- In terms of reliability, a fixed wireless access connection is much more reliable than mobile broadband due to the fact that a fixed wireless base station is likely to only be shared with roughly a hundred users at most versus mobile broadband connects directly from the cellular towers, which can be divided among thousands of users. With mobile broadband, your signal strength varies depending upon how many people at your location are accessing the network at the same time. We have all experienced this.
- In terms of speeds, FWA offers much greater or should we say consistent speeds than mobile broadband but as we know, speeds vary based on carrier. In terms of price, mobile broadband is typically much less than FWA but as you can see, there are two entirely different ways of accessing wireless internet, however for the reliability factor alone discussed above, FWA should be considered as a first choice.
- Lastly, the set-up time will vary for FWA based on if an antenna will be installed at your location and depending upon if you are using FWA with 4G LTE (which does not require an antennae installed, usually it is a plug and play solution) or 5G FWA and what level of service and speeds you select. With mobile broadband you can obviously order a MiFi or hotspot and have it in your hands fairly quickly but know that the reliability is not what it is to fixed wireless access and service can drop out and speeds may vary day-to-day based on how many others are accessing the cell tower that day.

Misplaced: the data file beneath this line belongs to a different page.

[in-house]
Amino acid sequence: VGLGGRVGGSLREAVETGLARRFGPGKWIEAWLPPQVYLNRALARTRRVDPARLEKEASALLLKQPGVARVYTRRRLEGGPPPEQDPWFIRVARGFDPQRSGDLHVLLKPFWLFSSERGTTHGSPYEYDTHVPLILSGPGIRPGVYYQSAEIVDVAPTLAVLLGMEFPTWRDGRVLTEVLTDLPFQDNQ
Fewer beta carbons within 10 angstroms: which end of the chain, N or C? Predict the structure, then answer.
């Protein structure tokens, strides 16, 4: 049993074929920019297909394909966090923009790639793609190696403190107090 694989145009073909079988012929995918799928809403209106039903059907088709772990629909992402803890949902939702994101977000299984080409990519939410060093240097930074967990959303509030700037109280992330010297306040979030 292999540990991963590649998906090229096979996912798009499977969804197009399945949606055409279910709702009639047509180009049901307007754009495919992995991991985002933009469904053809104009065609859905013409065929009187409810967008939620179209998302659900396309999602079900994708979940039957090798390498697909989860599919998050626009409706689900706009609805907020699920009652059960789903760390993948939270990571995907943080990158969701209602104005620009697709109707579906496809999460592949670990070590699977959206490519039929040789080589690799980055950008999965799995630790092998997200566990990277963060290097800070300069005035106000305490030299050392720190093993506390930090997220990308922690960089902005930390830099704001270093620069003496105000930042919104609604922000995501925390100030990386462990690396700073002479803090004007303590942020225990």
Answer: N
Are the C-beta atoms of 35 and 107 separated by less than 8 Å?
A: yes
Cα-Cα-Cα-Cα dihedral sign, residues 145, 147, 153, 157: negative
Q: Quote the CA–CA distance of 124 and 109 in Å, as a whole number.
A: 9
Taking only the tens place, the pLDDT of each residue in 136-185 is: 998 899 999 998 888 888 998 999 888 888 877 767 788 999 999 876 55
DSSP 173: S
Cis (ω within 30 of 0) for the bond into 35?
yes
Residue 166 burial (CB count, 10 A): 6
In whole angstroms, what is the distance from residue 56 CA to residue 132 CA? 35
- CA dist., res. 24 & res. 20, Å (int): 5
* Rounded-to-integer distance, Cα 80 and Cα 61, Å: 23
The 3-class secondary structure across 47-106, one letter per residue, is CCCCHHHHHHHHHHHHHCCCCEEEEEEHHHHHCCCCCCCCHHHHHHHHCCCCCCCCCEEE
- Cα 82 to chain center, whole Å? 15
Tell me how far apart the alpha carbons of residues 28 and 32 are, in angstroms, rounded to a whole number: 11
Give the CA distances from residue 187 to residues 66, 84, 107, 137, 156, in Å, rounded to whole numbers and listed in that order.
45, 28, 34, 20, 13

Driving the need to consider FWA as an integral part of your networking needs are dramatic price increases that will begin as early as August 2022. These increases relate to a 2010 order from the FCC that mandates all POTS (Plain Old Telephone Service) lines in the US be replaced with an alternative service by August 2, 2022. Major carriers have been dropping support for these copper-based lines as well as raising prices for POTS service dramatically – sometimes doubling or tripling. Are you willing to absorb these incremental costs?
Contact OVATION to learn more about FWA solutions and migration strategies that take advantage of FWA service offerings that keep you connected with a cost effective and reliable service. For twenty years, OVATION has been helping enterprises, both large and small, navigate wireless services offerings that keep businesses operating. Our team of wireless professionals bring years of best practices and thought leadership to the ever changing world of wireless.